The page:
Day mileage: 19.2
AT total mileage: 1,223.1
Time: 7 hours
It rained unbelievable amounts over the course of last night. I woke up repeatedly throughout the night in order to reposition my headphones back in my ears and get music playing again in an effort to block out the noise of the rain on the tin roof of the shelter. Liters of water before bed and the serenading of endless rainstorms don't help the mind game of holding back the need to pee overnight. It took me a while to pack up my stuff once the sky lightened up, as I had absolutely zero interest in hiking in the rain. Weather reports showed that the precipitation would taper off throughout the morning and leave us with a partly cloudy day. Pneumo and I eventually hit the trail at 8:30 or so, with 10 miles to go until we reached the road crossing for Port Clinton, PA. The goal was to hit town, perhaps get a hair cut, and make our way via a hitchhike to the Walmart located in Hamburg a few miles down the road. Per our previously laid out schedule for the week we'd hike 24 miles in total today, allowing for a few hours in town without much worry about hiking after dark.
From the shelter, the trail was muddy and wet everywhere we turned. Brief winds would shake rain from trees, and loose water drops on bushes got our clothes damp, but all in all there wasn't much rain left to fall once we began hiking. At one point Pneumo stopped for a few minutes and I passed him, the last time I'd see him for nearly 9 miles and 3 hours. I only hiked a mile or two before deeming my Marmot rain jacket unnecessary for the lack of precipitation and abundance of humidity. I folded it back up in my bag and pressed on, determined to get to town with enough time for a hair cut. While previous photos may clue you in as to the length of my hair, and you may be thinking I'm crazy for wanting a hair cut so badly, I assure you that I normally cut my hair every two weeks. Not having done so since Hot Springs nearly 1,000 miles back has nearly killed me with the heat and mop of hair on my head. A trim was necessary. The miles went by quickly, and around 10:30 the sunlight started peeking through leftover grey skies. The descent into Port Clinton was exceptionally steep, and called for precise steps and extreme use of my trekking poles to brace my movement downhill. The trail crossed over a railroad yard at the bottom of the hill, then across two separate hundred year old bridges before meandering down a side street of Port Clinton. I asked a local resident where I might find the barbershop I had been made aware of, and she pointed me up the block to the lower level of an old building with a small sign stating the residence of a barbershop inside.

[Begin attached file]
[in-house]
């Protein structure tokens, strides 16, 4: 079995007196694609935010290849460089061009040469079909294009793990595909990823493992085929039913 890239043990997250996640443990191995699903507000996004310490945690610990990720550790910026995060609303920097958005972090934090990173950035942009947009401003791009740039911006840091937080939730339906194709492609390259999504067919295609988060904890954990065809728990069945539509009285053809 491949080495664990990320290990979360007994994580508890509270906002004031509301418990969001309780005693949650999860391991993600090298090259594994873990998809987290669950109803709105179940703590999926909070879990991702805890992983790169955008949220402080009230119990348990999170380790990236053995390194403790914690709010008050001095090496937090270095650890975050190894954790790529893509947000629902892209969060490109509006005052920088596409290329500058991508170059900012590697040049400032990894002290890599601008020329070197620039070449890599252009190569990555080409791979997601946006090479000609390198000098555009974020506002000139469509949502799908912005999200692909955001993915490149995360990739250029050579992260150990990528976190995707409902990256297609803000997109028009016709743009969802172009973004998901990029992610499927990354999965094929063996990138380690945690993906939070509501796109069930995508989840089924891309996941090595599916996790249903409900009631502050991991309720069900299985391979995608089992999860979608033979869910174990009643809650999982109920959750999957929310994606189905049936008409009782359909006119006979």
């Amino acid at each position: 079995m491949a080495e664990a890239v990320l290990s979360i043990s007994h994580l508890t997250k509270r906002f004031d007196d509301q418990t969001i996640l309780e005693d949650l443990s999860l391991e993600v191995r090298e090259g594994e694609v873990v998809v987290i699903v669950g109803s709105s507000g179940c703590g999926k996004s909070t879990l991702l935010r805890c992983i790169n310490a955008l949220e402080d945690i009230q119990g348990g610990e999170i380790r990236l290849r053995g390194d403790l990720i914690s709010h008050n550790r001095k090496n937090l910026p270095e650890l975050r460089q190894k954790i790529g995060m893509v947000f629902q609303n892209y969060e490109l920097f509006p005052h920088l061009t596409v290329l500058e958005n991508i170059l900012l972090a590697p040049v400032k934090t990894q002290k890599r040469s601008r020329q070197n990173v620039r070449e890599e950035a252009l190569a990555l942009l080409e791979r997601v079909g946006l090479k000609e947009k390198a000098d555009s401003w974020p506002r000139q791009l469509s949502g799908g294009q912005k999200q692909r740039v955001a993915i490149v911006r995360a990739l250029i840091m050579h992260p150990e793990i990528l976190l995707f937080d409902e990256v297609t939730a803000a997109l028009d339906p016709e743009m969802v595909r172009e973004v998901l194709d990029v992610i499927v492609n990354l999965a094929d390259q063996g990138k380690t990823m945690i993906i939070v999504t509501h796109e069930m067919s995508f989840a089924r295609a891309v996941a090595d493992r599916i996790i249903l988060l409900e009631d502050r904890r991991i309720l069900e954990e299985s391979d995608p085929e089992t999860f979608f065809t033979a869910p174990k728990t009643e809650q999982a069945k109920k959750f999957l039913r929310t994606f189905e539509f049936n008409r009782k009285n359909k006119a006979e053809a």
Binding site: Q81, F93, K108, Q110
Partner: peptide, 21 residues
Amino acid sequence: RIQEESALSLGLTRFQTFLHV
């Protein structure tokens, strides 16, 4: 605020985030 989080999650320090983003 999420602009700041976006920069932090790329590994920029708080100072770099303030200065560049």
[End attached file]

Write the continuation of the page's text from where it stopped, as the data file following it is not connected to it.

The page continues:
A minute later and I had found exactly what I'd been looking for throughout the last few hundred miles. A barbershop seemingly stuck a wonderful forty years in the past, littered with hundreds of out-of-date National Geographic magazines across tables, pin-up dolls and vintage military plane posters on the walls, and a half-dozen salt and pepper haired men slowly leaning back in a row of misfit rocking chairs. Like something out of a feel-good movie, the sounds of Buddy Guy and Miles Davis flowed out of a cheap old CD player as the buzz of hair clippers at work serenaded along with the music. Frank, the proprietor of the Port Clinton Barber Shop alternates conversations between his row of undoubtedly trustworthy gentlemen and the customer in the chair, while attentively dancing around the clientele making precise moves with his electric trimmers. Hearing there was a line of 4 customers in front of me, I hesitated to stick around. Frank offered the cookies he kept out for hikers, and soon enough I sank into an empty space in the line of rocking chairs and settled in for what would be almost two hours of lighthearted and comedic conversations between the older local guys and the long traveled thru-hiker, the latter role played by yours truly. We spoke vintage cars (how moderns 'aren't reliable worth a damn'), politics, and music. The Mayor stopped by to check in on us. Frank is a guitarist, and the barbershop has four or five guitars in the corners, along with a keyboard and a few amps with stacks of classic rock and blues CDs in every spare inch of space. There's a weekly rehearsal that Frank hosts here, with a local physician and a few other members of their band jamming out to arranged blues hits. When the Buddy Guy CD had played its final tune, I wandered over and replaced it with a CD of my choice as if I'd been going to Frank's shop for years. He complimented my choice of the Muddy Waters, and I continued to await my turn. It would end up taking nearly two hours for me to have my hair cut, but it was truly one of those experiences I refused to walk away from. You've been reading long enough to know that I have a soft spot for antiquated and nostalgic places and moments, and this was right up my alley. Now if only I could find a vintage gas station to hang out in front of on Saturday mornings to check customer's oil levels... It'll be a long while before I forget my time at Frank's Port Clinton Barber Shop.